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dc.contributor.authorBlagojevic, Filipen_US
dc.date.accessioned2014-03-14T20:12:44Z
dc.date.available2014-03-14T20:12:44Z
dc.date.issued2008-05-30en_US
dc.identifier.otheretd-06052008-012156en_US
dc.identifier.urihttp://hdl.handle.net/10919/27952
dc.description.abstractWe explore runtime mechanisms and policies for scheduling dynamic multi-grain parallelism on heterogeneous multi-core processors. Heterogeneous multi-core processors integrate conventional cores that run legacy codes with specialized cores that serve as computational accelerators. The term multi-grain parallelism refers to the exposure of multiple dimensions of parallelism from within the runtime system, so as to best exploit a parallel architecture with heterogeneous computational capabilities between its cores and execution units. To maximize performance on heterogeneous multi-core processors, programs need to expose multiple dimensions of parallelism simultaneously. Unfortunately, programming with multiple dimensions of parallelism is to date an ad hoc process, relying heavily on the intuition and skill of programmers. Formal techniques are needed to optimize multi-dimensional parallel program designs. We investigate user- and kernel-level schedulers that dynamically "rightsize" the dimensions and degrees of parallelism on the asymmetric parallel platforms. The schedulers address the problem of mapping application-specific concurrency to an architecture with multiple hardware layers of parallelism, without requiring programmer intervention or sophisticated compiler support. Our runtime environment outperforms the native Linux and MPI scheduling environment by up to a factor of 2.7. We also present a model of multi-dimensional parallel computation for steering the parallelization process on heterogeneous multi-core processors. The model predicts with high accuracy the execution time and scalability of a program using conventional processors and accelerators simultaneously. More specifically, the model reveals optimal degrees of multi-dimensional, task-level and data-level concurrency, to maximize performance across cores. We evaluate our runtime policies as well as the performance model we developed, on an IBM Cell BladeCenter, as well as on a cluster composed of Playstation3 nodes, using two realistic bioinformatics applications.en_US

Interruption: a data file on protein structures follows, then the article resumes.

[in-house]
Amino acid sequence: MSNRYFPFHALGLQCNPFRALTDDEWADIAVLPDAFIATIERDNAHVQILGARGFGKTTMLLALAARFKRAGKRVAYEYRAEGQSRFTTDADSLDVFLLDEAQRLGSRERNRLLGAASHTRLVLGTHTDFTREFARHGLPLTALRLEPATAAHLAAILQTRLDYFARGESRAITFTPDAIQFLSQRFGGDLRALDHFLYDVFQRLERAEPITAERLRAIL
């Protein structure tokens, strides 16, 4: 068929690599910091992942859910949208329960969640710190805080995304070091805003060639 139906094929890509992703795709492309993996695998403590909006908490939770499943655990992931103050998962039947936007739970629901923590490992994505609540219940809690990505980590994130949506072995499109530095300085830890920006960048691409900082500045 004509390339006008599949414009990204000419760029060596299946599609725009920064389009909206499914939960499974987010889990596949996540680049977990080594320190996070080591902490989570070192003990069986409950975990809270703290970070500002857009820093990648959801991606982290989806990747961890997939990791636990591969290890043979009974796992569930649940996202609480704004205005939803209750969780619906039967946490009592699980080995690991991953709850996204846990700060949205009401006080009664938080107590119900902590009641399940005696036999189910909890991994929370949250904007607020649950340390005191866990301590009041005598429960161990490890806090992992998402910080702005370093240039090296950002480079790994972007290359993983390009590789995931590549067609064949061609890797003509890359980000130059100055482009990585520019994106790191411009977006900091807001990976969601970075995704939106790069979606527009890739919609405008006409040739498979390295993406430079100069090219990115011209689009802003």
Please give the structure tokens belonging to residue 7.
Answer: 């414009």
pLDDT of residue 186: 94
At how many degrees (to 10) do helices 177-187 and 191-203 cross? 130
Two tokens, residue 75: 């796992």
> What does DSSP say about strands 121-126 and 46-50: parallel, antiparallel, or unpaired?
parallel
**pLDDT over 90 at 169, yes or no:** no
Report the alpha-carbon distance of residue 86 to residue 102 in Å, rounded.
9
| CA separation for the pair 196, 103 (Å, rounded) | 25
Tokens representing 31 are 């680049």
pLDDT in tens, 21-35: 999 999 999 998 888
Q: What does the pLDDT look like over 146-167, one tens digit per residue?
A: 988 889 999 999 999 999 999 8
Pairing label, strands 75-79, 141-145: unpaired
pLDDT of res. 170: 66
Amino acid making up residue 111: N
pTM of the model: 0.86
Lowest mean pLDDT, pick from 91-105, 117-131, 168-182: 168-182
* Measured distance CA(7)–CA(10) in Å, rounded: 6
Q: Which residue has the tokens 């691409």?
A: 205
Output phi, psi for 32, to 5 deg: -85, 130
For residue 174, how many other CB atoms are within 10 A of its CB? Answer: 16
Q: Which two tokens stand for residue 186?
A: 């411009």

dc.publisherVirginia Techen_US
dc.relation.haspartdissertation.pdfen_US
dc.rightsI hereby certify that, if appropriate, I have obtained and attached hereto a written permission statement from the owner(s) of each third party copyrighted matter to be included in my thesis, dissertation, or project report, allowing distribution as specified below. I certify that the version I submitted is the same as that approved by my advisory committee. I hereby grant to Virginia Tech or its agents the non-exclusive license to archive and make accessible, under the conditions specified below, my thesis, dissertation, or project report in whole or in part in all forms of media, now or hereafter known. I retain all other ownership rights to the copyright of the thesis, dissertation or project report. I also retain the right to use in future works (such as articles or books) all or part of this thesis, dissertation, or project report.en_US
dc.subjectprocess schedulingen_US
dc.subjectperformance predictionen_US
dc.subjecthigh-performance computingen_US
dc.subjectruntime adaptationen_US
dc.subjectMulticore processorsen_US
dc.subjectCell BEen_US
dc.titleScheduling on Asymmetric Architecturesen_US
dc.typeDissertationen_US
dc.contributor.departmentComputer Scienceen_US
dc.description.degreePh. D.en_US
thesis.degree.namePh. D.en_US
thesis.degree.leveldoctoralen_US
thesis.degree.grantorVirginia Polytechnic Institute and State Universityen_US
thesis.degree.disciplineComputer Scienceen_US
dc.contributor.committeechairNikolopoulos, Dimitrios S.en_US
dc.contributor.committeememberRibbens, Calvin J.en_US
dc.contributor.committeememberLowenthal, David K.en_US
dc.contributor.committeememberFeng, Wu-Chunen_US
dc.contributor.committeememberCameron, Kirk W.en_US
dc.identifier.sourceurlhttp://scholar.lib.vt.edu/theses/available/etd-06052008-012156/en_US
dc.date.sdate2008-06-05en_US
dc.date.rdate2009-07-22
dc.date.adate2008-07-22en_US


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